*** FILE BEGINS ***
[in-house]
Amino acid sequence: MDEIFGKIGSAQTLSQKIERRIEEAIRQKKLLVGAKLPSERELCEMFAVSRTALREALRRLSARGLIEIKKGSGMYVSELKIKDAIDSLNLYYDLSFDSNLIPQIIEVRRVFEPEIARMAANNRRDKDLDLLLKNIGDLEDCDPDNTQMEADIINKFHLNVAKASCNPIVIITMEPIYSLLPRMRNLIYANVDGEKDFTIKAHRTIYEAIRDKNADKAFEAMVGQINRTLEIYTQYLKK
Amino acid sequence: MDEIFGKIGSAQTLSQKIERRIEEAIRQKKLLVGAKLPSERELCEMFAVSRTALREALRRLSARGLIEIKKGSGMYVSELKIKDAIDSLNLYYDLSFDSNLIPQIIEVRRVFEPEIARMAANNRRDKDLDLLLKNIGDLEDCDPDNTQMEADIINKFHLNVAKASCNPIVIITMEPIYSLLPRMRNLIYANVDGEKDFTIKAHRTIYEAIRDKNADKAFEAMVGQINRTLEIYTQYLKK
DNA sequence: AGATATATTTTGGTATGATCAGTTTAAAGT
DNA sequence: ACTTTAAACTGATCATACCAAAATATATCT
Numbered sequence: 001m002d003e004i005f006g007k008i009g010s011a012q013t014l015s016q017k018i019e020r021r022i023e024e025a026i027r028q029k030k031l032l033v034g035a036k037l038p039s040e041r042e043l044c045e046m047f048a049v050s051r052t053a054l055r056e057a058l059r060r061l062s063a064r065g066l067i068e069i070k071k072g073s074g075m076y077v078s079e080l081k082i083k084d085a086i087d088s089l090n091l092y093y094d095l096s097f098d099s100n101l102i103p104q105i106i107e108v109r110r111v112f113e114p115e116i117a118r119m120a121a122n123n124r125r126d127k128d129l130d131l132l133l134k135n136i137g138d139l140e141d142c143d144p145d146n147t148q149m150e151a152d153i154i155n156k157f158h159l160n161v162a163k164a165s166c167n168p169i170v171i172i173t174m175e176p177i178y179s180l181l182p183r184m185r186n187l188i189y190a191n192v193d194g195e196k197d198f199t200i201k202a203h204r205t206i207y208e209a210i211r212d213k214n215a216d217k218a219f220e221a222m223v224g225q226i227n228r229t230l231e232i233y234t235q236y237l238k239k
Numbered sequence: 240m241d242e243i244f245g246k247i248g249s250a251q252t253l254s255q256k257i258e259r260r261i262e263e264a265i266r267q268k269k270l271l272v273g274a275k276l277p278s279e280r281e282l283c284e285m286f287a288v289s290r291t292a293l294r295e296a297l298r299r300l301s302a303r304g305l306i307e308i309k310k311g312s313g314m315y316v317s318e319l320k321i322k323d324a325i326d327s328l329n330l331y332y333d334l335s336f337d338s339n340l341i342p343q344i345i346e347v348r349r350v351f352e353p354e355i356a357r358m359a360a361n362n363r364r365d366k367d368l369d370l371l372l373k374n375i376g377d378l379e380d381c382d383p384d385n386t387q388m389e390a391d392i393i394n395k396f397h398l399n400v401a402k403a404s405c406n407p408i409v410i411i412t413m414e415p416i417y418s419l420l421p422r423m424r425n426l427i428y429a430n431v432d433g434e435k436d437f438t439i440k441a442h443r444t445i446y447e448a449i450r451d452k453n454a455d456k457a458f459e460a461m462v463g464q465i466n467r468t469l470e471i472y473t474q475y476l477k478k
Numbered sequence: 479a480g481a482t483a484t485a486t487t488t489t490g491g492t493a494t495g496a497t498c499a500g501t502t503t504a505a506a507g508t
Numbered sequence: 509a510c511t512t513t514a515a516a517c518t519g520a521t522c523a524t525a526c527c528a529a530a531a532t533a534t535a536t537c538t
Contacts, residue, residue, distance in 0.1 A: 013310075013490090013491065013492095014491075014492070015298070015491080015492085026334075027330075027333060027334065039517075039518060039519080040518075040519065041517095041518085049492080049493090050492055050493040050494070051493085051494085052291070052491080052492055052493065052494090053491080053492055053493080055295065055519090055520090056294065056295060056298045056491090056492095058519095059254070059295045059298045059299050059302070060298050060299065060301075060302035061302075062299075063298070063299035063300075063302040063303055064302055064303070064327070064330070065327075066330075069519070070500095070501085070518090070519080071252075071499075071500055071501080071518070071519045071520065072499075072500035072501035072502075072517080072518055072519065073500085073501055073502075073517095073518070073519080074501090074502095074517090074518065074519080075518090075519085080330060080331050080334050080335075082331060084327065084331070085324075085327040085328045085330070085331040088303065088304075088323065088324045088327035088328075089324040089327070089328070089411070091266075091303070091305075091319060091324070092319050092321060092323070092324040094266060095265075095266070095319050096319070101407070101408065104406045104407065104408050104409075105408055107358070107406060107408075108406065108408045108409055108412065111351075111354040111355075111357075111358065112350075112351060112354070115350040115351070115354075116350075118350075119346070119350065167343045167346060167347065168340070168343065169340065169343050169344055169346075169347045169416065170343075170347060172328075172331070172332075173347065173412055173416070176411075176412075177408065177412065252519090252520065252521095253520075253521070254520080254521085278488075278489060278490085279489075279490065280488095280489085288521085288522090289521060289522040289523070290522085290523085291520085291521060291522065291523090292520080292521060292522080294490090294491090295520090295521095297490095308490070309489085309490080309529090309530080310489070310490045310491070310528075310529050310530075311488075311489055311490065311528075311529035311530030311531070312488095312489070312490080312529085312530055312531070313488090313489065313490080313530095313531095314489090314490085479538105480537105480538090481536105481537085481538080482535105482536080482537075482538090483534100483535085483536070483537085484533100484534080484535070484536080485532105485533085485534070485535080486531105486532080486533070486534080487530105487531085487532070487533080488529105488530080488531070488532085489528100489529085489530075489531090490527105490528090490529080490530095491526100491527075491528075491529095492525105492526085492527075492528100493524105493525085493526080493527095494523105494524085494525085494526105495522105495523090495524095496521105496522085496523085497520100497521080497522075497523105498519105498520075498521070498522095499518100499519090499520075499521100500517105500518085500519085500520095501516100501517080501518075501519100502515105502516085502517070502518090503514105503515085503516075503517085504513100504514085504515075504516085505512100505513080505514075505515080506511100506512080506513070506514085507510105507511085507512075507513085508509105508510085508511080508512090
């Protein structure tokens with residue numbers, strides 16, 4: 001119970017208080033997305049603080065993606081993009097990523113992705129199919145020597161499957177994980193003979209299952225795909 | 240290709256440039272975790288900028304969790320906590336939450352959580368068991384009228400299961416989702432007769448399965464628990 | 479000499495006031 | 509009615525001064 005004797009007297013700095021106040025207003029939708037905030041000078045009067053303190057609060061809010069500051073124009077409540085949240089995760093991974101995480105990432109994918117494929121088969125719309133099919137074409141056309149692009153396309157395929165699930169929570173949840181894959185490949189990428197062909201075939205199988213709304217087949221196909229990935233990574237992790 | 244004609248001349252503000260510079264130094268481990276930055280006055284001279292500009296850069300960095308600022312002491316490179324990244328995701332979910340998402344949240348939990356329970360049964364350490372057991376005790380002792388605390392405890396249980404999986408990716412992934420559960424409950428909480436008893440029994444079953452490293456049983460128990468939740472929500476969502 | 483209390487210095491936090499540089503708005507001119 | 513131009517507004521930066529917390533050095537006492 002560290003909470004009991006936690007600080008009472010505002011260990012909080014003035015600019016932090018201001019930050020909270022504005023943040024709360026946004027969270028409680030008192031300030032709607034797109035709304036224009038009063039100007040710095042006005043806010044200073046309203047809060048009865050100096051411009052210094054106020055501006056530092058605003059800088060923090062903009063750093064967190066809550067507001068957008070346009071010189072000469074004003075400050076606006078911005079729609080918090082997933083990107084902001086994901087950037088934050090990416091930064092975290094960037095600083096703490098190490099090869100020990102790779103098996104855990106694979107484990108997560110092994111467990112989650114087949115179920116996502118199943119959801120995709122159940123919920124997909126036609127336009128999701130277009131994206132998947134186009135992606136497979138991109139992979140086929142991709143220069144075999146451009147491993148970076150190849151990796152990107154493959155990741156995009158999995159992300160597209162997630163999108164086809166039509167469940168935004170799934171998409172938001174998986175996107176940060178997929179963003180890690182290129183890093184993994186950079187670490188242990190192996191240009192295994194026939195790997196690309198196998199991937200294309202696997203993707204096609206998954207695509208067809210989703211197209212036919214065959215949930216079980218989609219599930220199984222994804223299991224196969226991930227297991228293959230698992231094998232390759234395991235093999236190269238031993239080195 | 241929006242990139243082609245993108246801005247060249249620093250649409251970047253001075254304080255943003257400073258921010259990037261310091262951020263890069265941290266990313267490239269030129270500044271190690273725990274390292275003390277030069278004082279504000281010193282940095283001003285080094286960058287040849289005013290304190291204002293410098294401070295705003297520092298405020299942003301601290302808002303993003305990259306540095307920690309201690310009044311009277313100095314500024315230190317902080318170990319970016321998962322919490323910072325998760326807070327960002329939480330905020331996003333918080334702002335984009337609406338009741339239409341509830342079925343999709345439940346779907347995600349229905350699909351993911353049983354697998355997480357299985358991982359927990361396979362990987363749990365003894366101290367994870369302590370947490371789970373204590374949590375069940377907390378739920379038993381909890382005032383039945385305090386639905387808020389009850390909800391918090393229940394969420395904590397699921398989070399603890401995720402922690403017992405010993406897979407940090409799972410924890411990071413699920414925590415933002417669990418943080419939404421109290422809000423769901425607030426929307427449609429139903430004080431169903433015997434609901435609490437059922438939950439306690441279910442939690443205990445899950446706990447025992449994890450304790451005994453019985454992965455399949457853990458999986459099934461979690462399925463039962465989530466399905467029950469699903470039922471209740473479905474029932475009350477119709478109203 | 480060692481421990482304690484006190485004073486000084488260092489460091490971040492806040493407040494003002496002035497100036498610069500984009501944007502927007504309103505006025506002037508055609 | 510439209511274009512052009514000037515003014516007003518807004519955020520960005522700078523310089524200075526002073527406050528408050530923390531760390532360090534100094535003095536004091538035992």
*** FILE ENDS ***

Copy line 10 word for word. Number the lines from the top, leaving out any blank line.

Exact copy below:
Contacts, residue, residue, distance in 0.1 A: 013310075013490090013491065013492095014491075014492070015298070015491080015492085026334075027330075027333060027334065039517075039518060039519080040518075040519065041517095041518085049492080049493090050492055050493040050494070051493085051494085052291070052491080052492055052493065052494090053491080053492055053493080055295065055519090055520090056294065056295060056298045056491090056492095058519095059254070059295045059298045059299050059302070060298050060299065060301075060302035061302075062299075063298070063299035063300075063302040063303055064302055064303070064327070064330070065327075066330075069519070070500095070501085070518090070519080071252075071499075071500055071501080071518070071519045071520065072499075072500035072501035072502075072517080072518055072519065073500085073501055073502075073517095073518070073519080074501090074502095074517090074518065074519080075518090075519085080330060080331050080334050080335075082331060084327065084331070085324075085327040085328045085330070085331040088303065088304075088323065088324045088327035088328075089324040089327070089328070089411070091266075091303070091305075091319060091324070092319050092321060092323070092324040094266060095265075095266070095319050096319070101407070101408065104406045104407065104408050104409075105408055107358070107406060107408075108406065108408045108409055108412065111351075111354040111355075111357075111358065112350075112351060112354070115350040115351070115354075116350075118350075119346070119350065167343045167346060167347065168340070168343065169340065169343050169344055169346075169347045169416065170343075170347060172328075172331070172332075173347065173412055173416070176411075176412075177408065177412065252519090252520065252521095253520075253521070254520080254521085278488075278489060278490085279489075279490065280488095280489085288521085288522090289521060289522040289523070290522085290523085291520085291521060291522065291523090292520080292521060292522080294490090294491090295520090295521095297490095308490070309489085309490080309529090309530080310489070310490045310491070310528075310529050310530075311488075311489055311490065311528075311529035311530030311531070312488095312489070312490080312529085312530055312531070313488090313489065313490080313530095313531095314489090314490085479538105480537105480538090481536105481537085481538080482535105482536080482537075482538090483534100483535085483536070483537085484533100484534080484535070484536080485532105485533085485534070485535080486531105486532080486533070486534080487530105487531085487532070487533080488529105488530080488531070488532085489528100489529085489530075489531090490527105490528090490529080490530095491526100491527075491528075491529095492525105492526085492527075492528100493524105493525085493526080493527095494523105494524085494525085494526105495522105495523090495524095496521105496522085496523085497520100497521080497522075497523105498519105498520075498521070498522095499518100499519090499520075499521100500517105500518085500519085500520095501516100501517080501518075501519100502515105502516085502517070502518090503514105503515085503516075503517085504513100504514085504515075504516085505512100505513080505514075505515080506511100506512080506513070506514085507510105507511085507512075507513085508509105508510085508511080508512090